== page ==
RV Living: How To Make A Small Space Work For You

Two different families and two different RVs. Here’s how each of them make living in a small space work.
The kitchen inside Darren and Amanda Bone's Heartland RV

A common concern among a lot of potential RV owners is how they will manage the small space. Not just the physical size of the RV but also the close proximity to their loved ones and travel partners. So, we decided to ask two different RVers—a young couple who travels on the weekends in their Class C, and a large family that travels long-term in their fifth wheel—how they make a small space work for them. Here’s what they had to say…

Sarah & Ben Hubbart

After living in Washington, D.C., for a decade, Sarah decided to buy an RV and hit the road with her husband Ben and their French bulldog Hobbes.

Explore the Hubbart's RV
  • Find Features You Both Agree On

    We’ll start by saying that choosing to buy an RV has been one of the best decisions we ever made. We toured a ton of different RV types and layouts to figure out which one could work the best for us. The layout in your RV is one of the few things you won’t be able to change, so it’s important to be selective. It was helpful to actually step inside a few different RVs so we could start to narrow down what we liked and didn’t like.

    There may be some features and amenities that you and your partner disagree on, which is okay, but it’s important to be on the same page about the big things. For example, we knew we wanted an RV that had a separate bedroom with a bed that we could walk around, a table or area that we could use for work, and lots of storage. Neither of us felt super comfortable with towing or hitching, and we were planning to visit a lot of national parks, so a smaller, motorized RV was our preferred option. The layout of the Thor Motor Coach Chateau fit all of our requirements—it had a big enough bed so my husband and I could sleep peacefully, and a great table that could double as a workstation. It even came with an extra bed above the cab, which is perfect for guests and visitors.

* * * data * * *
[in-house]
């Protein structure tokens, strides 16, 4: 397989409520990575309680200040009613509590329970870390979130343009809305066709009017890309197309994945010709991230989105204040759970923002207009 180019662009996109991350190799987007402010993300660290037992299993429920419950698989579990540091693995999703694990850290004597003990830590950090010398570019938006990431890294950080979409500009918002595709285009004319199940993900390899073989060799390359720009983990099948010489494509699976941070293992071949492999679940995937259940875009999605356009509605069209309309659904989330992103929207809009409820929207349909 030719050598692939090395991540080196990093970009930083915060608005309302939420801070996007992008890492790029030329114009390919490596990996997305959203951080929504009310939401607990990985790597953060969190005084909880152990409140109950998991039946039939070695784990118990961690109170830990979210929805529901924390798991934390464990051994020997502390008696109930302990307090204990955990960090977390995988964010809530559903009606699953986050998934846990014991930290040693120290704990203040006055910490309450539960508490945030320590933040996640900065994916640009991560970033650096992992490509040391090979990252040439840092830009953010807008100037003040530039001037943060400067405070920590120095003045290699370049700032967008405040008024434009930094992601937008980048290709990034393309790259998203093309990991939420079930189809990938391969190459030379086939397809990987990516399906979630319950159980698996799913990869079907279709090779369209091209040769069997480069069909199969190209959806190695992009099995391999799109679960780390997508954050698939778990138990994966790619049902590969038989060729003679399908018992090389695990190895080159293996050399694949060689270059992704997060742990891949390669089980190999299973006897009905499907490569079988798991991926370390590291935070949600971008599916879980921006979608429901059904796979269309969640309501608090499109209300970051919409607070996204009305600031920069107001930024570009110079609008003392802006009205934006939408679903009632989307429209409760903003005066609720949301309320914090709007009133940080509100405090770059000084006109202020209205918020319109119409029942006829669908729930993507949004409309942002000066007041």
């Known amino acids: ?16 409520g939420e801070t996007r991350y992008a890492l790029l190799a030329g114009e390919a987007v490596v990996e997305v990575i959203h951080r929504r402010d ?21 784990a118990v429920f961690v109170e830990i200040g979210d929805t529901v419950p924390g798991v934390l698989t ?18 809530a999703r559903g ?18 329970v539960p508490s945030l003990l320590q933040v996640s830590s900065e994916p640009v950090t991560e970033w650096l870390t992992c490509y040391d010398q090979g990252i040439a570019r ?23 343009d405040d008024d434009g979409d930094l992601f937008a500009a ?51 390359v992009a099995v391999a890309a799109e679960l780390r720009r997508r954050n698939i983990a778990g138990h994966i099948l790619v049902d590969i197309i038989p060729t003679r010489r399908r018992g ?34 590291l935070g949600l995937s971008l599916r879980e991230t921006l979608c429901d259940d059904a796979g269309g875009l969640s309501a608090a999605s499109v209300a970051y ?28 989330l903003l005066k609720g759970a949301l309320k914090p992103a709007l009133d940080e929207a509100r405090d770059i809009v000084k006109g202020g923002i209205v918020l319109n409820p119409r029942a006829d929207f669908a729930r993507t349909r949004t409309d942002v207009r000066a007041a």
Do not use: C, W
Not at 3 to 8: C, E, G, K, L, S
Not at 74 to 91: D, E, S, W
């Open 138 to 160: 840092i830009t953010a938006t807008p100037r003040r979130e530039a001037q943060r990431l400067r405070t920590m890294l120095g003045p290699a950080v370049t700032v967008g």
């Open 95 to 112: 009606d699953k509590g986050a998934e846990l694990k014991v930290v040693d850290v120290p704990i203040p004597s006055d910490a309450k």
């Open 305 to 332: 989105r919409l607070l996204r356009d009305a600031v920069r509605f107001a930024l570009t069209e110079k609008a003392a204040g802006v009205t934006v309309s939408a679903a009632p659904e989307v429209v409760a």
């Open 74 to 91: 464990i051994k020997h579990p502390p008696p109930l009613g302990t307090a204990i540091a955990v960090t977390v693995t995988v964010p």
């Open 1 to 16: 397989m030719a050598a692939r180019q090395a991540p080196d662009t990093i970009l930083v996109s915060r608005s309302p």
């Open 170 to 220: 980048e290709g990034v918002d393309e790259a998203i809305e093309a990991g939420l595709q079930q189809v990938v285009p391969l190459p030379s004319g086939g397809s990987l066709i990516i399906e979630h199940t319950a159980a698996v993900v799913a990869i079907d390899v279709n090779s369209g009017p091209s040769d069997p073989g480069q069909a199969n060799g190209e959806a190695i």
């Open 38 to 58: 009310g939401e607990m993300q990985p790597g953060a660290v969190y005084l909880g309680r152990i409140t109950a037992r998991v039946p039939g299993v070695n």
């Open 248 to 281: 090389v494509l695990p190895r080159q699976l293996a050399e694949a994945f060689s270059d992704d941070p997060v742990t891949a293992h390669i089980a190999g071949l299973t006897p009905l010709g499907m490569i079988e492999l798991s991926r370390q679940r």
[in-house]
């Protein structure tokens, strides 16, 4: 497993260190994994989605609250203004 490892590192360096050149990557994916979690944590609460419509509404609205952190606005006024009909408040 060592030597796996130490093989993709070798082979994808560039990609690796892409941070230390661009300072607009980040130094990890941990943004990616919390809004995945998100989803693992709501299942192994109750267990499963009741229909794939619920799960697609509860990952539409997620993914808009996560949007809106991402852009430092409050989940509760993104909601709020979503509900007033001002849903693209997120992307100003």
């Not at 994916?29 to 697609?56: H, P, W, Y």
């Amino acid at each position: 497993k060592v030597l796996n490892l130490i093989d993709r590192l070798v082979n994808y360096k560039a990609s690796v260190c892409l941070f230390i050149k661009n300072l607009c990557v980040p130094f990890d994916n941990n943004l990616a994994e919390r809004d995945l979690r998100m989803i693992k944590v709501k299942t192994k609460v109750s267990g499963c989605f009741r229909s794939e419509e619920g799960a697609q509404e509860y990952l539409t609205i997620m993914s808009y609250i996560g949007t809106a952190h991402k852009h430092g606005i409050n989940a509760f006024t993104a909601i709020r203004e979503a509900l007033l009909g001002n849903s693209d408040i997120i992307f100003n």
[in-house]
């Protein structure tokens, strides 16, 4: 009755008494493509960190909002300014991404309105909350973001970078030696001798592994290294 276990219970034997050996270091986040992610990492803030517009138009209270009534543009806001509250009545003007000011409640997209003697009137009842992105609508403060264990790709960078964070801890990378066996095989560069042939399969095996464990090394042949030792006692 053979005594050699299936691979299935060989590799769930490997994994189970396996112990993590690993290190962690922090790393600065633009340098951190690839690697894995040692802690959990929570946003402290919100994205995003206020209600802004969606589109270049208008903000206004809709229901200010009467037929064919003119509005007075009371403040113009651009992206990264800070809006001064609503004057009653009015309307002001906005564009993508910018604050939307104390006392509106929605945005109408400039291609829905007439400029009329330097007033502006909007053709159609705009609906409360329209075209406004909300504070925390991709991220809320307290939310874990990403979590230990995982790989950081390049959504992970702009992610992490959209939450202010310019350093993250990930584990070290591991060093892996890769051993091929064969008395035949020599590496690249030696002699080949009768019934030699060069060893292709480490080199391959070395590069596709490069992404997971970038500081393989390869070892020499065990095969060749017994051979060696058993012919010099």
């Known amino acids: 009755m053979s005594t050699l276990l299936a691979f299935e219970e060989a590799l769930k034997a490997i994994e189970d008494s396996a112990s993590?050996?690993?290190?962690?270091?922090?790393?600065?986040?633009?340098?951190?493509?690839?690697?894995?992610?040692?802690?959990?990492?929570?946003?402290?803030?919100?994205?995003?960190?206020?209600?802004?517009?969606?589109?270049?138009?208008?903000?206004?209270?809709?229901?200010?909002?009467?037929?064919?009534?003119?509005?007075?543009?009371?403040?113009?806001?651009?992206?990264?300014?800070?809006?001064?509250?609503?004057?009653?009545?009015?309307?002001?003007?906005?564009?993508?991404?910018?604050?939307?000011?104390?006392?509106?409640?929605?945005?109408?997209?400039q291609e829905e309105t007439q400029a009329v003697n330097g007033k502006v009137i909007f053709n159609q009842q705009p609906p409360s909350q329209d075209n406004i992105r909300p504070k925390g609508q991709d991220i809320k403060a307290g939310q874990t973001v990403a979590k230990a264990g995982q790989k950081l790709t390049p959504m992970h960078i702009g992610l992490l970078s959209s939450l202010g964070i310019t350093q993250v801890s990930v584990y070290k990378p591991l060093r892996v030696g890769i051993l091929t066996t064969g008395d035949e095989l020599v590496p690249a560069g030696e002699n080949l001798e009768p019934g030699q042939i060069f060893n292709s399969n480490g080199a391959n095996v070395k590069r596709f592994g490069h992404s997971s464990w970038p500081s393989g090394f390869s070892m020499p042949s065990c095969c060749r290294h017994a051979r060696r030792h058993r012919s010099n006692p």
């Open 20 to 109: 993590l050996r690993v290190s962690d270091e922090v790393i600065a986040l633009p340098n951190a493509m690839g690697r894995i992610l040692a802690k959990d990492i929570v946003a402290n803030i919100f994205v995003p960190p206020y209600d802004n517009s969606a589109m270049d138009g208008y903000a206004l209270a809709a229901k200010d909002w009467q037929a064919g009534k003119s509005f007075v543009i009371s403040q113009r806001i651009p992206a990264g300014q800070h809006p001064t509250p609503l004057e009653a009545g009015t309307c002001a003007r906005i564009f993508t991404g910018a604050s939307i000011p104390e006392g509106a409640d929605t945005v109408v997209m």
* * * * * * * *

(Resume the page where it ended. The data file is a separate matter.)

• Simplify Work Logistics

    Once we got our RV, my husband and I both knew that we would need to work from it from time to time. To help, we each established a designated work space so we wouldn’t disturb each other. One can work at the dining table and the other can take the front cab or rear bedroom. We also try to coordinate our work schedules so we both won’t be on calls or trying to download large files at the same time. Occasionally, if the weather is nice, one of us will opt to work outside or even at a nearby coffee shop.

  • Play To Each Other’s Strengths

    RVing can feel like a vacation every day, but you still have to do the mundane tasks, like clean up and chores. It’s important to divvy-up the household responsibilities to match your strengths. For example, I usually handle the route planning and campground researching, while Ben handles the mechanical stuff and does the grocery shopping. Divide and conquer when you arrive at a new campsite as well—one of you can get the outside of the rig situated while the other person sets up the inside.

    Communication skills become even more important when you and your loved ones share a few hundred square feet. I always try to remind myself that we are on the same team. When things go wrong (which they sometimes do), being able to laugh it off later goes a long way. Try to stay calm when dealing with an issue or conflict, and focus on how the two of you can tackle it together.

  • Maximize Your Storage

    When you first move into your RV, take stock of the available storage options, and try to designate specific spaces for food, cooking supplies, clothes, and your work set up. Make it easy to get to the items that you use everyday. For stuff we need less frequently, we have labeled plastic totes stashed in our undercarriage storage. These totes house things like extra clothes, outdoor gear and games. When it comes to groceries, try to buy smaller quantities more frequently. Another tip is to declutter your RV every few months. It’s surprising how easy it is to accumulate stuff on the road, so try to regularly take inventory and get rid of anything you don’t need.

  • Enjoy Time Together and Apart

    As a couple, RVing provides so many opportunities to spend quality time together. We can explore new towns, adventure through national parks and try new restaurants. But trying to check everything off our bucket list at once can feel exhausting. I’ve learned to embrace the fact that you can’t see and do it all. Plus, you can save some experiences for future visits.